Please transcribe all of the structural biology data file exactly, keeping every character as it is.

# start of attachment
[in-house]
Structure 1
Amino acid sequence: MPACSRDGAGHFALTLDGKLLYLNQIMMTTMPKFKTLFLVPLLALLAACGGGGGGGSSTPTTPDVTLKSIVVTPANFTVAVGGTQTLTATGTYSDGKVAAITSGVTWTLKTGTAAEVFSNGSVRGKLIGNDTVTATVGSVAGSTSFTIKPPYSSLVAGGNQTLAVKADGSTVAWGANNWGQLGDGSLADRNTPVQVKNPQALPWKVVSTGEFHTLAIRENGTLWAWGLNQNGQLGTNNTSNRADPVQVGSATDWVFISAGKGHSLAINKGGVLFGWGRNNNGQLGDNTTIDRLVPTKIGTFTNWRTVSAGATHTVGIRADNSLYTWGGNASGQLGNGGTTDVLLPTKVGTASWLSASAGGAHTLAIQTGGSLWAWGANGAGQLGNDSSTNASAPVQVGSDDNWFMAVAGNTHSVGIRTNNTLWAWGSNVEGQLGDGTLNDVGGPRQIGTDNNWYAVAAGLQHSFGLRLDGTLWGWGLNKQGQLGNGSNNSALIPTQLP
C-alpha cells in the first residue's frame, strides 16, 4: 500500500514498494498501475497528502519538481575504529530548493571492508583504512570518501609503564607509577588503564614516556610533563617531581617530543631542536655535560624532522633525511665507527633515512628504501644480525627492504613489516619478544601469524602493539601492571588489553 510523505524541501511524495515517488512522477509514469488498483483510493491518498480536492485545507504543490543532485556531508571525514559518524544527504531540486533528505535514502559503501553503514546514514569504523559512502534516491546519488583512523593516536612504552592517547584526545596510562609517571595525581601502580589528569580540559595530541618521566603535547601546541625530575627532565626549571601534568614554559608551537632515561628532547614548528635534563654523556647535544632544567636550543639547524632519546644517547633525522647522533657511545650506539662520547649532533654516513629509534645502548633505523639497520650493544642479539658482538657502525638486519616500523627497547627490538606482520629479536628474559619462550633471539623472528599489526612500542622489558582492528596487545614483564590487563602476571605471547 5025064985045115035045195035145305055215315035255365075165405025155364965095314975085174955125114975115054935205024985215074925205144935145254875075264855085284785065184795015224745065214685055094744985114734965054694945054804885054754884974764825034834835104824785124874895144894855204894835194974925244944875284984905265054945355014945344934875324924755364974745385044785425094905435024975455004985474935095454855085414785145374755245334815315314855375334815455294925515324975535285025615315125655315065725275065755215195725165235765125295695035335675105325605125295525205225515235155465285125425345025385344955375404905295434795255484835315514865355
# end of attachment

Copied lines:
[in-house]
Structure 1
Amino acid sequence: MPACSRDGAGHFALTLDGKLLYLNQIMMTTMPKFKTLFLVPLLALLAACGGGGGGGSSTPTTPDVTLKSIVVTPANFTVAVGGTQTLTATGTYSDGKVAAITSGVTWTLKTGTAAEVFSNGSVRGKLIGNDTVTATVGSVAGSTSFTIKPPYSSLVAGGNQTLAVKADGSTVAWGANNWGQLGDGSLADRNTPVQVKNPQALPWKVVSTGEFHTLAIRENGTLWAWGLNQNGQLGTNNTSNRADPVQVGSATDWVFISAGKGHSLAINKGGVLFGWGRNNNGQLGDNTTIDRLVPTKIGTFTNWRTVSAGATHTVGIRADNSLYTWGGNASGQLGNGGTTDVLLPTKVGTASWLSASAGGAHTLAIQTGGSLWAWGANGAGQLGNDSSTNASAPVQVGSDDNWFMAVAGNTHSVGIRTNNTLWAWGSNVEGQLGDGTLNDVGGPRQIGTDNNWYAVAAGLQHSFGLRLDGTLWGWGLNKQGQLGNGSNNSALIPTQLP
C-alpha cells in the first residue's frame, strides 16, 4: 500500500514498494498501475497528502519538481575504529530548493571492508583504512570518501609503564607509577588503564614516556610533563617531581617530543631542536655535560624532522633525511665507527633515512628504501644480525627492504613489516619478544601469524602493539601492571588489553 510523505524541501511524495515517488512522477509514469488498483483510493491518498480536492485545507504543490543532485556531508571525514559518524544527504531540486533528505535514502559503501553503514546514514569504523559512502534516491546519488583512523593516536612504552592517547584526545596510562609517571595525581601502580589528569580540559595530541618521566603535547601546541625530575627532565626549571601534568614554559608551537632515561628532547614548528635534563654523556647535544632544567636550543639547524632519546644517547633525522647522533657511545650506539662520547649532533654516513629509534645502548633505523639497520650493544642479539658482538657502525638486519616500523627497547627490538606482520629479536628474559619462550633471539623472528599489526612500542622489558582492528596487545614483564590487563602476571605471547 5025064985045115035045195035145305055215315035255365075165405025155364965095314975085174955125114975115054935205024985215074925205144935145254875075264855085284785065184795015224745065214685055094744985114734965054694945054804885054754884974764825034834835104824785124874895144894855204894835194974925244944875284984905265054945355014945344934875324924755364974745385044785425094905435024975455004985474935095454855085414785145374755245334815315314855375334815455294925515324975535285025615315125655315065725275065755215195725165235765125295695035335675105325605125295525205225515235155465285125425345025385344955375404905295434795255484835315514865355